OutcomesPrimary outcomes: death; cure rate

Secondary outcomes: duration of hospital stay (days); healing time (days); fever clearance time; FEV1


NotesThe study was approved by the ethical committee of the Karolinska Hospital, Stockholm

Sources of funding were not stated


Risk of bias

BiasAuthors' judgementSupport for judgement

Random sequence generation (selection bias)Unclear riskThe randomised method was not clearly reported

Allocation concealment (selection bias)Low risk"Sealed envelopes" were used

Blinding (performance bias and detection bias)
All outcomes
Low riskOutcome assessor was blinded

Incomplete outcome data (attrition bias)
All outcomes
Unclear riskInsufficient information

Selective reporting (reporting bias)Unclear riskInsufficient information

Other biasHigh riskThe standard deviations of duration of hospital stay and fever were not reported


MethodsRandomised, parallel-group trial


ParticipantsIn-patient setting; relevant details of health status of participants; age; sex; country

27 treatment, 27 control

Age (mean ± SD): control: 63 ± 3 years old, treatment: 61 ± 4 years old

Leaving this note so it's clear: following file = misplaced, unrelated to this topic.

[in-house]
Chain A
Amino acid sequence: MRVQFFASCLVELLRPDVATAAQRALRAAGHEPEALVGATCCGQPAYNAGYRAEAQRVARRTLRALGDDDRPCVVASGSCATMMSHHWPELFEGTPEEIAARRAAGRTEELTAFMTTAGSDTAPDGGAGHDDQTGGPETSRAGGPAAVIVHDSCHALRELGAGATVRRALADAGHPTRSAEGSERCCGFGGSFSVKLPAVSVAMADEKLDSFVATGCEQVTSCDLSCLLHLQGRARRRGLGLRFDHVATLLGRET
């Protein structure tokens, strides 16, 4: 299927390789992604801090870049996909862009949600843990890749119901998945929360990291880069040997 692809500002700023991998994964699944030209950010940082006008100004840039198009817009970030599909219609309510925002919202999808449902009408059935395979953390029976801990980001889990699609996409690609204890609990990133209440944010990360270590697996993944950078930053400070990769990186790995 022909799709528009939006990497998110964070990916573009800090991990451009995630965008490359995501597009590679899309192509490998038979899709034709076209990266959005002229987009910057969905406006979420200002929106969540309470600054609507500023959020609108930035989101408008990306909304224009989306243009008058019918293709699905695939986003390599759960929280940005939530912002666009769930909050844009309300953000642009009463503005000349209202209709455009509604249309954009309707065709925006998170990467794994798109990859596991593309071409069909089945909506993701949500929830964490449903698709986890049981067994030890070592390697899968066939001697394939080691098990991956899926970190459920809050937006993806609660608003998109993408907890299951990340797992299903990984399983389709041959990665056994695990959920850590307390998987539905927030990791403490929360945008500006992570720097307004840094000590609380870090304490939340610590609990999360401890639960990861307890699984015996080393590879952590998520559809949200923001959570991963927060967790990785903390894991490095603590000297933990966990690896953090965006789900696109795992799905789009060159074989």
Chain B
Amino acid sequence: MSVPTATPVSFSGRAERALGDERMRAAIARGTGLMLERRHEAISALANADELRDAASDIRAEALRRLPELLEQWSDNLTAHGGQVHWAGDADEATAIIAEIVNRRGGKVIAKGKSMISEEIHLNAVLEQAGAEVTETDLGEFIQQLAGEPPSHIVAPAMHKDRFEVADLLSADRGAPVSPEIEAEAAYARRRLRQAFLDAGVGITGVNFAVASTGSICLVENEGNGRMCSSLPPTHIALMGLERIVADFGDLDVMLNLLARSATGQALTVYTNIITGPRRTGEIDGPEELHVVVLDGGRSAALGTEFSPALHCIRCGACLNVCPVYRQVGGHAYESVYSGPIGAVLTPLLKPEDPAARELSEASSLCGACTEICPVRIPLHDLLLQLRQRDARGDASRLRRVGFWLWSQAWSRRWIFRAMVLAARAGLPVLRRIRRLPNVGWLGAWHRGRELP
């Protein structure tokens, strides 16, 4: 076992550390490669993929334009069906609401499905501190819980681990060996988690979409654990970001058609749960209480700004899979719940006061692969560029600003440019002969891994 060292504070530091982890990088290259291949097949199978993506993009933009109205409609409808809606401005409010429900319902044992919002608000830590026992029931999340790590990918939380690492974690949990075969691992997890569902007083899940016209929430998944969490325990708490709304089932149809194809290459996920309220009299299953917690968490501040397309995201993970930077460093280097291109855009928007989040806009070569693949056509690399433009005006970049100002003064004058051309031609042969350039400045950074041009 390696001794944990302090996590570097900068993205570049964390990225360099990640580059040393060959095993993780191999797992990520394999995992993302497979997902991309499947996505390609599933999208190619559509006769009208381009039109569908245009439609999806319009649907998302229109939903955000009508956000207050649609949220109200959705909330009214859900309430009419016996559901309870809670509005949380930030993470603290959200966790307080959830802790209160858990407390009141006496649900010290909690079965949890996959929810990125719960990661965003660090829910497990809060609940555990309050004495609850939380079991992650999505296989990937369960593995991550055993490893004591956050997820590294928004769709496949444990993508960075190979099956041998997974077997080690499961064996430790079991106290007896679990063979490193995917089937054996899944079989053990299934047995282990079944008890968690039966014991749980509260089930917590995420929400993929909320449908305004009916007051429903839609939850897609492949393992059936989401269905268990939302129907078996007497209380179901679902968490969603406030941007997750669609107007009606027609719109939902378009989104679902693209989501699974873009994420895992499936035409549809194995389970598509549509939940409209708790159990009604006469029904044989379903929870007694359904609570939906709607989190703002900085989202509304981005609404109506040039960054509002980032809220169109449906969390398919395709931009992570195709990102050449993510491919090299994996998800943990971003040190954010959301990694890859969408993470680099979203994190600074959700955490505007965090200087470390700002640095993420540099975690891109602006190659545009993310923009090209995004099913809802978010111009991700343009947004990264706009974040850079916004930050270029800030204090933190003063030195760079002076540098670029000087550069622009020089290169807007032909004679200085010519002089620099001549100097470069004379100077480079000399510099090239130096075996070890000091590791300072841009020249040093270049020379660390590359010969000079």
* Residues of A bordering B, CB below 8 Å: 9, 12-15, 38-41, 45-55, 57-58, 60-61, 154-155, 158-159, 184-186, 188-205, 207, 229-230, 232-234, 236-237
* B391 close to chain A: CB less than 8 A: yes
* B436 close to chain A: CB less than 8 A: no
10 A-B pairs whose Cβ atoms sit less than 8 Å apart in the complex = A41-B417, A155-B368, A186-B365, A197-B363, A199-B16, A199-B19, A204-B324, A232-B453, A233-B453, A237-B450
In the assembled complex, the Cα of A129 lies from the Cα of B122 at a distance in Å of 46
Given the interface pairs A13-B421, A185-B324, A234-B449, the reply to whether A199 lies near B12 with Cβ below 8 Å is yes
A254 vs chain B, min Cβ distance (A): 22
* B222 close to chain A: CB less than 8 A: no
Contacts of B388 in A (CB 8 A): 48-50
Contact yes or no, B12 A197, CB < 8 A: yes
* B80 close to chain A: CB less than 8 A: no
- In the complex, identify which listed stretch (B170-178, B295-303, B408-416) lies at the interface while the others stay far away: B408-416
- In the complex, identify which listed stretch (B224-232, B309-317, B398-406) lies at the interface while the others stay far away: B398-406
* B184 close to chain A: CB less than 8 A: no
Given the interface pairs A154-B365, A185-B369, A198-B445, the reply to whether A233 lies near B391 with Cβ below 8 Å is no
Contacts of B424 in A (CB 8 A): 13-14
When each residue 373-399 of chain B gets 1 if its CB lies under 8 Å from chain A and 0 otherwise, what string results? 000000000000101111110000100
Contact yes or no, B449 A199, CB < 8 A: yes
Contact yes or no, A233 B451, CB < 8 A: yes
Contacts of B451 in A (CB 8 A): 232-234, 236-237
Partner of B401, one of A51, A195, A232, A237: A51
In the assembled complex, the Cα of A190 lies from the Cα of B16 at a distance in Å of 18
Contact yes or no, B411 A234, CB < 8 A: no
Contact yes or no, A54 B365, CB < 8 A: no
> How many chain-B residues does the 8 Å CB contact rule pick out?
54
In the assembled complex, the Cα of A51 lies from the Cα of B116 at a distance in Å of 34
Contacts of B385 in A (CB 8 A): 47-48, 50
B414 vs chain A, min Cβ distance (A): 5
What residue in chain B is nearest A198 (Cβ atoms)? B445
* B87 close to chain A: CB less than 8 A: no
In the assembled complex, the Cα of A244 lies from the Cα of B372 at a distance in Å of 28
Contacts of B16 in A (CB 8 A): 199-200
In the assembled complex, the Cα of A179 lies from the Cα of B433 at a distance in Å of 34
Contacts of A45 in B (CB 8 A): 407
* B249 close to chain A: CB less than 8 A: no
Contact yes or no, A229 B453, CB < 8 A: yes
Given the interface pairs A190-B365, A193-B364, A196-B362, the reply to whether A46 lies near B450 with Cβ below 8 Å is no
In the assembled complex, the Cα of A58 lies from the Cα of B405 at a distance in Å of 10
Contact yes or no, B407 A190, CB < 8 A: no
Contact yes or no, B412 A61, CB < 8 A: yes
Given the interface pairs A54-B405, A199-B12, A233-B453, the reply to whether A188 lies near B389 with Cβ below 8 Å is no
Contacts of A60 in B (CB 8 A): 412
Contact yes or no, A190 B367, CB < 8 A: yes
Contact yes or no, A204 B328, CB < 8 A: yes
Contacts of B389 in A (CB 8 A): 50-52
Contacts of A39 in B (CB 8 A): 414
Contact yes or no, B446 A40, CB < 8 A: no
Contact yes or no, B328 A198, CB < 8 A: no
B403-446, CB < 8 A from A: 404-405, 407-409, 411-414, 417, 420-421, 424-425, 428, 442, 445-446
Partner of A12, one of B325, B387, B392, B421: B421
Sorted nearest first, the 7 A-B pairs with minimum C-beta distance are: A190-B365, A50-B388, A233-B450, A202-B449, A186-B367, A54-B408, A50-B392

Male/female: control 13/14, treatment 14/13

Conducted in Sweden


InterventionsThe chest physiotherapy consisted of postural drainage, chest percussion and vibration, with encouragement of deep breathing and coughing. This therapy was used concomitantly with intermittent positive pressure breathing every 4 hours during the first 24 hours. Therapy was given for at least 3 days to all the treated participants, with an average duration of 5 days


OutcomesPrimary outcomes: death; cure rate

Secondary outcomes: duration of hospital stay (days); rate of clearing of X-ray film; fever clearance time


NotesThe study was supported by a grant (PHS 17292) to the Vermont Lung Center from the National Heart, Lung, and Blood Institute, National Institutes of Health

Sources of funding not stated


Risk of bias

BiasAuthors' judgementSupport for judgement